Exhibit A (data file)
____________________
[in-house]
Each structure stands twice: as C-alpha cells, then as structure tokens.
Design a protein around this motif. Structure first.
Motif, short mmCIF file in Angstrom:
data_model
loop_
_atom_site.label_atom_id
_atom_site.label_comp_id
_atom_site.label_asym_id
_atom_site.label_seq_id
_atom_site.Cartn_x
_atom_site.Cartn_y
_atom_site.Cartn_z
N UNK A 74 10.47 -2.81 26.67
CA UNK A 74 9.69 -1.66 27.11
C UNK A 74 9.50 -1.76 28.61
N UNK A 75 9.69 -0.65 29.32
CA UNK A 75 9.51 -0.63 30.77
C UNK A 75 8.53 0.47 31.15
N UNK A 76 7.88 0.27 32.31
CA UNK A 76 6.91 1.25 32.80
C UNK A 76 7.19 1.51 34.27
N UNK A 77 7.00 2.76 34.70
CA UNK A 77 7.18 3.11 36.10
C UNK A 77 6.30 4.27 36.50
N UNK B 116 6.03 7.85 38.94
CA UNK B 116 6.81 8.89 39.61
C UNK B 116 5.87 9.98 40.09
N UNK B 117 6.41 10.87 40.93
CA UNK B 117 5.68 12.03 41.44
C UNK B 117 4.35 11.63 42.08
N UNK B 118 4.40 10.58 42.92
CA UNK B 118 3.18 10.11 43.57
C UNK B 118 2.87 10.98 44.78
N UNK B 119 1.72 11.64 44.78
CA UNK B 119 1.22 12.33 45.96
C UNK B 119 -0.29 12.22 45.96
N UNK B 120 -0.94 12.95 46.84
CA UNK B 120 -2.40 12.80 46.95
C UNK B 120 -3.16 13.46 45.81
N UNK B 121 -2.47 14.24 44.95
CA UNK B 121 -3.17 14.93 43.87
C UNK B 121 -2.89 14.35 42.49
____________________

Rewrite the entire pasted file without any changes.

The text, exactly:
[in-house]
Each structure stands twice: as C-alpha cells, then as structure tokens.
Design a protein around this motif. Structure first.
Motif, short mmCIF file in Angstrom:
data_model
loop_
_atom_site.label_atom_id
_atom_site.label_comp_id
_atom_site.label_asym_id
_atom_site.label_seq_id
_atom_site.Cartn_x
_atom_site.Cartn_y
_atom_site.Cartn_z
N UNK A 74 10.47 -2.81 26.67
CA UNK A 74 9.69 -1.66 27.11
C UNK A 74 9.50 -1.76 28.61
N UNK A 75 9.69 -0.65 29.32
CA UNK A 75 9.51 -0.63 30.77
C UNK A 75 8.53 0.47 31.15
N UNK A 76 7.88 0.27 32.31
CA UNK A 76 6.91 1.25 32.80
C UNK A 76 7.19 1.51 34.27
N UNK A 77 7.00 2.76 34.70
CA UNK A 77 7.18 3.11 36.10
C UNK A 77 6.30 4.27 36.50
N UNK B 116 6.03 7.85 38.94
CA UNK B 116 6.81 8.89 39.61
C UNK B 116 5.87 9.98 40.09
N UNK B 117 6.41 10.87 40.93
CA UNK B 117 5.68 12.03 41.44
C UNK B 117 4.35 11.63 42.08
N UNK B 118 4.40 10.58 42.92
CA UNK B 118 3.18 10.11 43.57
C UNK B 118 2.87 10.98 44.78
N UNK B 119 1.72 11.64 44.78
CA UNK B 119 1.22 12.33 45.96
C UNK B 119 -0.29 12.22 45.96
N UNK B 120 -0.94 12.95 46.84
CA UNK B 120 -2.40 12.80 46.95
C UNK B 120 -3.16 13.46 45.81
N UNK B 121 -2.47 14.24 44.95
CA UNK B 121 -3.17 14.93 43.87
C UNK B 121 -2.89 14.35 42.49